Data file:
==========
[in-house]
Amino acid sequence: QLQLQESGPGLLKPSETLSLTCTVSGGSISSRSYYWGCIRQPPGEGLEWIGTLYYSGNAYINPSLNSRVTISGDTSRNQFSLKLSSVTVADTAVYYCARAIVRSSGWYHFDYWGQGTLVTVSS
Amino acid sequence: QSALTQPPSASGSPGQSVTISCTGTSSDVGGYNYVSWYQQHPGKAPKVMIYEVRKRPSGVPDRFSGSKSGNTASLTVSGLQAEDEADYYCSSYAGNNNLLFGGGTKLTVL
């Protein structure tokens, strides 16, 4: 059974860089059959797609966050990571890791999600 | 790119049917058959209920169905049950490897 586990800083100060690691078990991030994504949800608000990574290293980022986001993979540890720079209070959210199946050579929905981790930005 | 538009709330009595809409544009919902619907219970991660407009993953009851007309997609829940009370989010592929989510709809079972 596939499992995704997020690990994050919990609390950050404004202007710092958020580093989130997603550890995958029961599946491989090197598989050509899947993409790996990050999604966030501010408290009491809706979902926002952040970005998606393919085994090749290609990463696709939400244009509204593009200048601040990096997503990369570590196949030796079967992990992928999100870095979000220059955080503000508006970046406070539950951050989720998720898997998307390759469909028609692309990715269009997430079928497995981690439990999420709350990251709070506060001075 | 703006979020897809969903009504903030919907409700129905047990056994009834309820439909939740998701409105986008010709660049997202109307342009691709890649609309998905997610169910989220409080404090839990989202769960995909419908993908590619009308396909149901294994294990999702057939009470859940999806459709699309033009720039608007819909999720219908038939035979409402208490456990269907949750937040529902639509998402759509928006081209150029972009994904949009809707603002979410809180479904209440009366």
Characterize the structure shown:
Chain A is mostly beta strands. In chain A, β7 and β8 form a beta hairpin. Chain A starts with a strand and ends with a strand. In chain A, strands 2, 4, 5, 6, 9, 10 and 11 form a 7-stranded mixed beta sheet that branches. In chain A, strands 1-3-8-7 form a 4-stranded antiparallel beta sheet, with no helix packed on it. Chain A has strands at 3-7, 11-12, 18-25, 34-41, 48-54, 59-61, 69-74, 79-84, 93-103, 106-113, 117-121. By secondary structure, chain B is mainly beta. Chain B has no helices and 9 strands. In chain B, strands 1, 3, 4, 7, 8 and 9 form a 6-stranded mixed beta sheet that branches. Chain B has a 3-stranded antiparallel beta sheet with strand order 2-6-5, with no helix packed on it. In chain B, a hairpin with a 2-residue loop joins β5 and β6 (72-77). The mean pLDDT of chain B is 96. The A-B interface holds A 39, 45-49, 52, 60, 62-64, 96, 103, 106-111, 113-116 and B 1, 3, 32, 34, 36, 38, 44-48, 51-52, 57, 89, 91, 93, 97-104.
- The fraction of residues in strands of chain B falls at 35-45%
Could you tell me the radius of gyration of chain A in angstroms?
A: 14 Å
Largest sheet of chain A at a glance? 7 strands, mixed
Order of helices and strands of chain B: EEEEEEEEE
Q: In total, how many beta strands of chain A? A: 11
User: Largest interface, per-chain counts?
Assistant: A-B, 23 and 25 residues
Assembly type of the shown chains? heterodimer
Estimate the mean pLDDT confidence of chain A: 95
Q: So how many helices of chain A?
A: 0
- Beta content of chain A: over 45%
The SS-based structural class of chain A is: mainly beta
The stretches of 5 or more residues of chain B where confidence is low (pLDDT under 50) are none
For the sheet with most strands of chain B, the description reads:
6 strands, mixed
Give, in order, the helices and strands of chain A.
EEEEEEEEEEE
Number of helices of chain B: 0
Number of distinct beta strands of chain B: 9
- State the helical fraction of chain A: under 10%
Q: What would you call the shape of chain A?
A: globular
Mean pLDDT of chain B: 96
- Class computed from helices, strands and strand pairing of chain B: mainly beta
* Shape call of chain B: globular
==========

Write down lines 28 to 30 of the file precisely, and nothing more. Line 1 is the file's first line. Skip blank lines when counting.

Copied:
- State the helical fraction of chain A: under 10%
Q: What would you call the shape of chain A?
A: globular